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Lasers & Sources

Femtosecond Lasers Offer Promise for Increased Data Storage

From oemagazine September 2005
31 September 2005, SPIE Newsroom. DOI: 10.1117/2.5200509.0002

Femtosecond lasers used for ultra-fast nonthermal control of magnetization offer promise for faster processing speeds and increased data storage following recent research by Radboud University in the Netherlands and its research partners.

Ever-increasing demand for information storage and data-manipulation speeds has driven an intense search to find alternate and faster means to control the magnetization of a medium, other than through the use of magnetic fields. Researchers at Radboud University, in collaboration with the Ioffe Physico-Technical Institute in Russia and the Moscow Power Engineering Institute in Russia, have discovered an alternate mechanism for ultra-fast coherent spin control, which offers new prospects for increased information storage density and manipulation speed.

Previous experiments on laser-induced demagnetization and spin reorientation using ultra-fast lasers have accessed time scales on the order of a picosecond or less. The observed magnetic excitation produces a rapid temp-erature increase following optical absorption. The thermal origin of spin excitation limits the application areas, however, since the repetition frequency is limited by the cooling time.

Magnetic excitations in DyFeO3 were probed by the magneto-optical Faraday effect. The studied DyFeO3 samples were prepared from x-ray-oriented boules grown by a floating-zone method. Graph courtesy Andrei Kirilyuk, Radboud University, Netherlands.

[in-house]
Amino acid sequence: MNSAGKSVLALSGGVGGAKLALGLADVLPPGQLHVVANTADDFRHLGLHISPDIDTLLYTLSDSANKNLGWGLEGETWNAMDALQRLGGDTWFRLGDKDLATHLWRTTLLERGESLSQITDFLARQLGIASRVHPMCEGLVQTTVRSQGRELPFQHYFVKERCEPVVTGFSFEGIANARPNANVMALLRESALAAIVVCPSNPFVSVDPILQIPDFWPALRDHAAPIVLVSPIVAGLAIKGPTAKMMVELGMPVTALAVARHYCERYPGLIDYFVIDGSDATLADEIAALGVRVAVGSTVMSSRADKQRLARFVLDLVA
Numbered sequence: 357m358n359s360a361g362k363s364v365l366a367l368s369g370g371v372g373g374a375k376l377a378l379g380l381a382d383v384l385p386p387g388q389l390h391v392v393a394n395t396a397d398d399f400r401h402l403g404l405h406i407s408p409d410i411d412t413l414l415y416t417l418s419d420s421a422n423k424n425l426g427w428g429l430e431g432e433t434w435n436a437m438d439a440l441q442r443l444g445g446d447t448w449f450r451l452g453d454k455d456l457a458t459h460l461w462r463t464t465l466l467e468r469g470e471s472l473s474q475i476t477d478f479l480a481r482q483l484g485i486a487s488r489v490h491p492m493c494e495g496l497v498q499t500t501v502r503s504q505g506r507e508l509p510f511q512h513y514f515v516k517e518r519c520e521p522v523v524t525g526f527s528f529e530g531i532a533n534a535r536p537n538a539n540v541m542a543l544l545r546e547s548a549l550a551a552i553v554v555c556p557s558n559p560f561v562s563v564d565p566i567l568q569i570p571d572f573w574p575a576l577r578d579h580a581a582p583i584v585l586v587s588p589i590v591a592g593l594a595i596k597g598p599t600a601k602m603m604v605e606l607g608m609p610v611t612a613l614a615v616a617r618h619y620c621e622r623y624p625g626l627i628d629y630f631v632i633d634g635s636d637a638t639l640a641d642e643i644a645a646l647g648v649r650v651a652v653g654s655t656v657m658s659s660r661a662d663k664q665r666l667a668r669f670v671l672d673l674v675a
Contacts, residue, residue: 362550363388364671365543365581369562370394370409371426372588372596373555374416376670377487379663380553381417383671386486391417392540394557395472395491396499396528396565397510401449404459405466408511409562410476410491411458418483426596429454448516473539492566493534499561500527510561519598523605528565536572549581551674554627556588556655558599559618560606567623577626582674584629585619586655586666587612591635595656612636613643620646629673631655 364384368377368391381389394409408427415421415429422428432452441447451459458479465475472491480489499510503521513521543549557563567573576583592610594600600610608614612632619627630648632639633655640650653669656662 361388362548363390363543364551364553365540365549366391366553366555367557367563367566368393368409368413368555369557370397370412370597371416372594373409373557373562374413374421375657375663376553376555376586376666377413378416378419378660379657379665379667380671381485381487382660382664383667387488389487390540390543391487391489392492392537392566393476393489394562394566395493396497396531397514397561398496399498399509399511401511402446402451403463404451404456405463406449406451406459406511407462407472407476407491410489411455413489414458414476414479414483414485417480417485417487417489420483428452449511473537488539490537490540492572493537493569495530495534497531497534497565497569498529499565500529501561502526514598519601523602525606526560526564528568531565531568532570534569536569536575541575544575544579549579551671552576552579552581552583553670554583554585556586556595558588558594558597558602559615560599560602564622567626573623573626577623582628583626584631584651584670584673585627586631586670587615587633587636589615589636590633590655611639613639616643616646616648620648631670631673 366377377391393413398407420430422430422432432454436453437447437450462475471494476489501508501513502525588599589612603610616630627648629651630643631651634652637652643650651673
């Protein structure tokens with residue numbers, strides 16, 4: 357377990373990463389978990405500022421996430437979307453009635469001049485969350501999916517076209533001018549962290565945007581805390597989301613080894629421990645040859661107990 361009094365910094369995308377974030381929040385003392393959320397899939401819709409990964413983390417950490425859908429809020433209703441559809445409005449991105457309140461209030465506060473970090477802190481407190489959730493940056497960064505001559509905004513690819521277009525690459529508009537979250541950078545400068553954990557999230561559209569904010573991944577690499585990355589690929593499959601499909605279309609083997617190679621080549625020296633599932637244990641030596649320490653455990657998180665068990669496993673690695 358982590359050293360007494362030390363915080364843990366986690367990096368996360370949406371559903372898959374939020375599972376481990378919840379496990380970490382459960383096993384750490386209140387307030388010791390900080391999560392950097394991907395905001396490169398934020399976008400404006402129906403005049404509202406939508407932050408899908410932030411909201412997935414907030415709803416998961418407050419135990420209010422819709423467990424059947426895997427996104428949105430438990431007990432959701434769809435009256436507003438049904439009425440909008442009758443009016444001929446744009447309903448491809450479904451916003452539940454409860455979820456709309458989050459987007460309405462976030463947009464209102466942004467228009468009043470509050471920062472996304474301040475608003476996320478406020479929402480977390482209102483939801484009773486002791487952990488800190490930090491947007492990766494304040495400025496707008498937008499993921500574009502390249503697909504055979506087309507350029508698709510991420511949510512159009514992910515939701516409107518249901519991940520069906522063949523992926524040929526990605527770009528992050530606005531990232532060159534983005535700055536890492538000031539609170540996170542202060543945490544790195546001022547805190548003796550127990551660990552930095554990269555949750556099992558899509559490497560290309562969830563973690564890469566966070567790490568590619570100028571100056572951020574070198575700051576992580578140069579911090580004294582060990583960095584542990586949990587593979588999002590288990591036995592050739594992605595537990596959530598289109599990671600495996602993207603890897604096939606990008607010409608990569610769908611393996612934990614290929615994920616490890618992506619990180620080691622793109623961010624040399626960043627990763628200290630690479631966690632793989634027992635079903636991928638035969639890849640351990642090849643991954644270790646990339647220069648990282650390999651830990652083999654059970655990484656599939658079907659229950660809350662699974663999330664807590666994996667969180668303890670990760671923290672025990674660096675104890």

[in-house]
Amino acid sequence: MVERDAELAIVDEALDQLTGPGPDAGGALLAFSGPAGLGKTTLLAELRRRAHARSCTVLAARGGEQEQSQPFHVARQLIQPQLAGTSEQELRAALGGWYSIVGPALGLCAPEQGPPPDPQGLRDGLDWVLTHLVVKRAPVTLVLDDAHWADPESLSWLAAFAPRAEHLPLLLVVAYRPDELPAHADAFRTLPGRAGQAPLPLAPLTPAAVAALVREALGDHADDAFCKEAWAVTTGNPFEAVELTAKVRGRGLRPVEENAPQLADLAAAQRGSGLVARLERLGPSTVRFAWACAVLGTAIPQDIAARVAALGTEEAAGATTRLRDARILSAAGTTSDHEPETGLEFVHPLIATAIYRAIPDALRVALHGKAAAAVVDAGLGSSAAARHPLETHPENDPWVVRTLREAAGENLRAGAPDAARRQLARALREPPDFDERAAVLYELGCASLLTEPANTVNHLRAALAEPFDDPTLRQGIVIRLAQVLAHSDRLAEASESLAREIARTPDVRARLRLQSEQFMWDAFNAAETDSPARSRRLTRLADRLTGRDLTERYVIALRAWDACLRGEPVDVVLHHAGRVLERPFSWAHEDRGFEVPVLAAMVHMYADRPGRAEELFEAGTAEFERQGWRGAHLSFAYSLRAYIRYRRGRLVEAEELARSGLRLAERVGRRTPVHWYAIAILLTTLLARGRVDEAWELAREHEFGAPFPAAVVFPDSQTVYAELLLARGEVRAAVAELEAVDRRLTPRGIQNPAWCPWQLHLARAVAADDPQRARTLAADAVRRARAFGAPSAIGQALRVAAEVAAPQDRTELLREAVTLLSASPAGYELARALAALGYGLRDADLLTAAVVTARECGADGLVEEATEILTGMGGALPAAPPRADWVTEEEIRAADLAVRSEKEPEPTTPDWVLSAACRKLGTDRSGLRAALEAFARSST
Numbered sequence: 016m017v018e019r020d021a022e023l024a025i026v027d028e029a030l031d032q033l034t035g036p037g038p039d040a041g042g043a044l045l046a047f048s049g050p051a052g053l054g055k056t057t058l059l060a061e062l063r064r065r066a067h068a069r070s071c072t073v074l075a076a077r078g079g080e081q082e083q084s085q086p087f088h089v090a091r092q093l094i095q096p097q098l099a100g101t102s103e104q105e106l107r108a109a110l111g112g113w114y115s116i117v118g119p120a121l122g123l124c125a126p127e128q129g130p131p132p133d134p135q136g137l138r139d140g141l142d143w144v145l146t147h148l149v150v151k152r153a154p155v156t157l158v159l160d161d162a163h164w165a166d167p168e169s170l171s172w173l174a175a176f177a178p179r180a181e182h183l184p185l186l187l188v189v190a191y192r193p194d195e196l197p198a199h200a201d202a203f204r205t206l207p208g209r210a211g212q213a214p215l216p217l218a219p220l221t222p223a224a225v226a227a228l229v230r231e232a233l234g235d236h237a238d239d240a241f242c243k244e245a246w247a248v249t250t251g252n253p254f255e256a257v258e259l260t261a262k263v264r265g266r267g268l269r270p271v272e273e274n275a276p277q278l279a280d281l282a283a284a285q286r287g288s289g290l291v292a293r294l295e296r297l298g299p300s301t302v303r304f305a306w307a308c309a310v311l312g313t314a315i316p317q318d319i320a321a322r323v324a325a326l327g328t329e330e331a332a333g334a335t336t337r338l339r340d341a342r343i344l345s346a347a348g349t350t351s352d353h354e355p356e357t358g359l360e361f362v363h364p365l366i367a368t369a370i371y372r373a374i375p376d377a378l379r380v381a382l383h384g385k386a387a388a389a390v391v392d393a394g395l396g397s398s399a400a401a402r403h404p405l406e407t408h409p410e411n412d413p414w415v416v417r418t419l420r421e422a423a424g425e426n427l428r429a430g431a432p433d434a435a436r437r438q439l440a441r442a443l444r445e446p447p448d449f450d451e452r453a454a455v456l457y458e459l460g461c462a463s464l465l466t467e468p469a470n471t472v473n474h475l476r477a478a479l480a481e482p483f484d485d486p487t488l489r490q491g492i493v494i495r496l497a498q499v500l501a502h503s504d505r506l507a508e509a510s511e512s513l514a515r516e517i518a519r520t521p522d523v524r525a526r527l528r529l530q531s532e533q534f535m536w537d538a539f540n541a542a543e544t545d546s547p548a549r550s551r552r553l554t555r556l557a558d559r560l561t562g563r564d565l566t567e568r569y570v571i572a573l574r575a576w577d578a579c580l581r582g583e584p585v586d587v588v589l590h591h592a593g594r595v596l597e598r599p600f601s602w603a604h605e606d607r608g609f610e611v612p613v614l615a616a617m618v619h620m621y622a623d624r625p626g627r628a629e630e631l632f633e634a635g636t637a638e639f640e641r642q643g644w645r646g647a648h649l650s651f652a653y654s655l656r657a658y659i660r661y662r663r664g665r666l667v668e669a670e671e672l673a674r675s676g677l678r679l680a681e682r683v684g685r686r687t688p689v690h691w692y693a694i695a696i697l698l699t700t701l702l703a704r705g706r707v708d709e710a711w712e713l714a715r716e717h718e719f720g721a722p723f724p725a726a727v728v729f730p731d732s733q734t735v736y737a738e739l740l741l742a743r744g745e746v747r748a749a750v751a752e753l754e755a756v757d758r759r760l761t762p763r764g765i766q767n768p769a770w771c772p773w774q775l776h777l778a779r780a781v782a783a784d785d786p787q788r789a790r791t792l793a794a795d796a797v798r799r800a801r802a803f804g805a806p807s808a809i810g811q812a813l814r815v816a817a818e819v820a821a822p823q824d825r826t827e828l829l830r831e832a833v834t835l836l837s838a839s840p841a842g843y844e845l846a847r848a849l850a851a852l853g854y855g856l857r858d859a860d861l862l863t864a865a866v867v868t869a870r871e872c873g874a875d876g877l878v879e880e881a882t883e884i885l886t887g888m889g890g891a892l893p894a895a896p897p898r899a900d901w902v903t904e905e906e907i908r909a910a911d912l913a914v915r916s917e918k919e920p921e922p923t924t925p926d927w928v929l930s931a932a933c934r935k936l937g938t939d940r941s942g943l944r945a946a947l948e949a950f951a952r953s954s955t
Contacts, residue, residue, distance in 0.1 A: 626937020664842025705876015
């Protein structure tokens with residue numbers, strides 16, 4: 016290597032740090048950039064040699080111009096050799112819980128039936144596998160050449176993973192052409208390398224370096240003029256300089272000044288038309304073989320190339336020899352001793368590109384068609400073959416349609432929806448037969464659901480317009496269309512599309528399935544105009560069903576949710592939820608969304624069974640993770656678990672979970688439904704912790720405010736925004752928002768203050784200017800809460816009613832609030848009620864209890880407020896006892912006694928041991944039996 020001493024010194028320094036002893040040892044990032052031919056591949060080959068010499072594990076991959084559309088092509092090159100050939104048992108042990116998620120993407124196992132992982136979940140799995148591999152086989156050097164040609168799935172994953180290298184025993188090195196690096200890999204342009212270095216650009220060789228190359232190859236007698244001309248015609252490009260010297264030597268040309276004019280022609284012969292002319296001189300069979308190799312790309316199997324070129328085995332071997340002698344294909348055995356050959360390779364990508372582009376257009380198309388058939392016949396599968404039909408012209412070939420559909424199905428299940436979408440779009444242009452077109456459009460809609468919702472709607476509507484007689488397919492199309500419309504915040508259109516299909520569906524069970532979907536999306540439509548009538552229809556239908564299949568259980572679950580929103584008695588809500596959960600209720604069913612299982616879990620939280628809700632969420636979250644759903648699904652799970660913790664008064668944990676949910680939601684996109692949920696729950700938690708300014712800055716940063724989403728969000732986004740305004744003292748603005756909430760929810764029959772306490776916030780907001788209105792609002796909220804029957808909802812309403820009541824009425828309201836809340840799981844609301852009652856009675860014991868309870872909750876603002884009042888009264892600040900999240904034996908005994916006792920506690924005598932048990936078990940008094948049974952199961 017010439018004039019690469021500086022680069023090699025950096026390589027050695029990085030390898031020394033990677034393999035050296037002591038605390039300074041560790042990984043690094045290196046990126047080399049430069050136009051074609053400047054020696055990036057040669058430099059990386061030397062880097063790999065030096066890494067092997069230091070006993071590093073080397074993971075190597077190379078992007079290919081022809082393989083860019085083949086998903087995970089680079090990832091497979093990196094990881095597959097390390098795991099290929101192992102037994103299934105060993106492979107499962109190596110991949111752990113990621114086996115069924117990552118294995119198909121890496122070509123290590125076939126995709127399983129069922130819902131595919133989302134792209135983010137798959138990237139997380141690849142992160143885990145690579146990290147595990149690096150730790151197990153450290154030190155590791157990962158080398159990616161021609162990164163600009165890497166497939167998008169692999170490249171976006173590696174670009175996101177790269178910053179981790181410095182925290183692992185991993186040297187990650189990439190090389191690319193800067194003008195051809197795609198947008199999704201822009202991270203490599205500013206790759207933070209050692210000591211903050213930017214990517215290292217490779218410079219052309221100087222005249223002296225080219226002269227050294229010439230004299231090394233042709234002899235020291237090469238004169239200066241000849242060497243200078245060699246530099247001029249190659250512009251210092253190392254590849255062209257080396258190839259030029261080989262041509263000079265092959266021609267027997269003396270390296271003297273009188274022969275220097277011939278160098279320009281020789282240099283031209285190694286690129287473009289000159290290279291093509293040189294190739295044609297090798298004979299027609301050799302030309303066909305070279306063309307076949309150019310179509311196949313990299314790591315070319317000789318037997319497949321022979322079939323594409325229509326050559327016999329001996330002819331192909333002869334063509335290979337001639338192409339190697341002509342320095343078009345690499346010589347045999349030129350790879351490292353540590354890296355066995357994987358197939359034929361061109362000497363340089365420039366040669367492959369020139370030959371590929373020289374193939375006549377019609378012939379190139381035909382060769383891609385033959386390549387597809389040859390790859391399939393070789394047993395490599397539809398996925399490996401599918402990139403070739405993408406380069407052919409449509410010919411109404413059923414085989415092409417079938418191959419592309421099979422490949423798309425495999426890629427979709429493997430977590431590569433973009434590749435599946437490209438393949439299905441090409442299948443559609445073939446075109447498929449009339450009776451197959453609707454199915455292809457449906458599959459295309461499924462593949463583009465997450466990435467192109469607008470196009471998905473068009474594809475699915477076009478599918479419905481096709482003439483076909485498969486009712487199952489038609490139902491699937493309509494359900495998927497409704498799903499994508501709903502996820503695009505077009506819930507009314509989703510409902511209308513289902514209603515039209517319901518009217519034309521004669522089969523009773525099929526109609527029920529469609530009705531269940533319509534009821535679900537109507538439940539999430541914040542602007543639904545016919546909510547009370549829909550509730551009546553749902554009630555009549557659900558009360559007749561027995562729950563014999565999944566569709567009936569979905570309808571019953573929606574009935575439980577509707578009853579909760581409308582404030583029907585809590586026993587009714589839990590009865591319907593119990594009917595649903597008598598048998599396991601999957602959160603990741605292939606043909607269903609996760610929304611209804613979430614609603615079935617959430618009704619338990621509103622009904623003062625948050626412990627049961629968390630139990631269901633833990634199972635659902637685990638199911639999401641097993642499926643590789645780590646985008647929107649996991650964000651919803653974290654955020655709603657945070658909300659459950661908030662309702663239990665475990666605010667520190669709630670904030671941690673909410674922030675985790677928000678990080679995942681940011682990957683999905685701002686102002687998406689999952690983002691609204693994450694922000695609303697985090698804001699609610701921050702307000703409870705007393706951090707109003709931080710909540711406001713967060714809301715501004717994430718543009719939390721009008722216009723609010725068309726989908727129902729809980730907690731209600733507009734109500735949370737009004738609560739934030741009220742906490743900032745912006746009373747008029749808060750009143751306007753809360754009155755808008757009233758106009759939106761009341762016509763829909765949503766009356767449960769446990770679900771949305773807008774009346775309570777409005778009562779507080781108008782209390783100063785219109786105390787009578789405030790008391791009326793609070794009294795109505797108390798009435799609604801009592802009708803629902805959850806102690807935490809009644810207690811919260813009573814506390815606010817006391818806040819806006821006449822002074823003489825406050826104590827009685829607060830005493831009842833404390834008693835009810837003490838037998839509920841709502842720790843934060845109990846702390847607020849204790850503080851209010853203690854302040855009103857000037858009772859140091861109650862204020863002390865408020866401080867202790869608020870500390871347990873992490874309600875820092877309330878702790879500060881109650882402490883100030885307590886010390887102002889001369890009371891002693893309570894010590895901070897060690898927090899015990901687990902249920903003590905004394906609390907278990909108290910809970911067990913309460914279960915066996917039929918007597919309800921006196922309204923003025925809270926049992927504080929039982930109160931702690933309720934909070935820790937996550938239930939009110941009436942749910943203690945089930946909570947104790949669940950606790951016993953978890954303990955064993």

In the experiments performed by Radboud University and its partners, the team was able to nonthermally excite and coherently control the spin dynamics in dysprosium orthoferrite (DyFeO3) using circularly polarized femto-second laser pulses and the inverse Faraday effect. The studied DyFeO3 samples were prepared from x-ray-oriented boules grown by a floating-zone method. They were cut perpendicular to the z and x crystal axes and were 60 µm thick. The high-intensity laser radiation induced a static magnetization, which was determined by the magneto-optical susceptibility function. The advantage offered by using the inverse Faraday effect is that it does not require absorption, thus the effect of the light on the magnetization is nonthermal and the process is considered instantaneous, limited in time by the pulse width of the laser. The helicity of the optical beam controls the sign of the photo-induced magnetization. The instantaneous changes in the Faraday rotation were followed by oscil-lations, which were assigned to the oscillations of the magnetization.

Theo Rasing of Radboud University says "the results are very significant, as they show we can manipulate magneti-zation states at femtosecond time scales - four to six orders of magnitude faster than present-day nanosecond speeds." The advantage of this technique over other data storage methodologies is the ability to directly manipulate the magnetization of the medium. "As the medium is not heated, the speed is not limited by the cooling processes, which can be a serious problem with other approaches," Rasing says.

In addition to improving data storage, application areas include quantum computing and the emerging field of spintronics, which involves the storage and transport of electronic spin in semiconductors. The prospects for commercialization using this technique depend on the development of compact femtosecond lasers, which have shown a significant reduction in size during the last few years.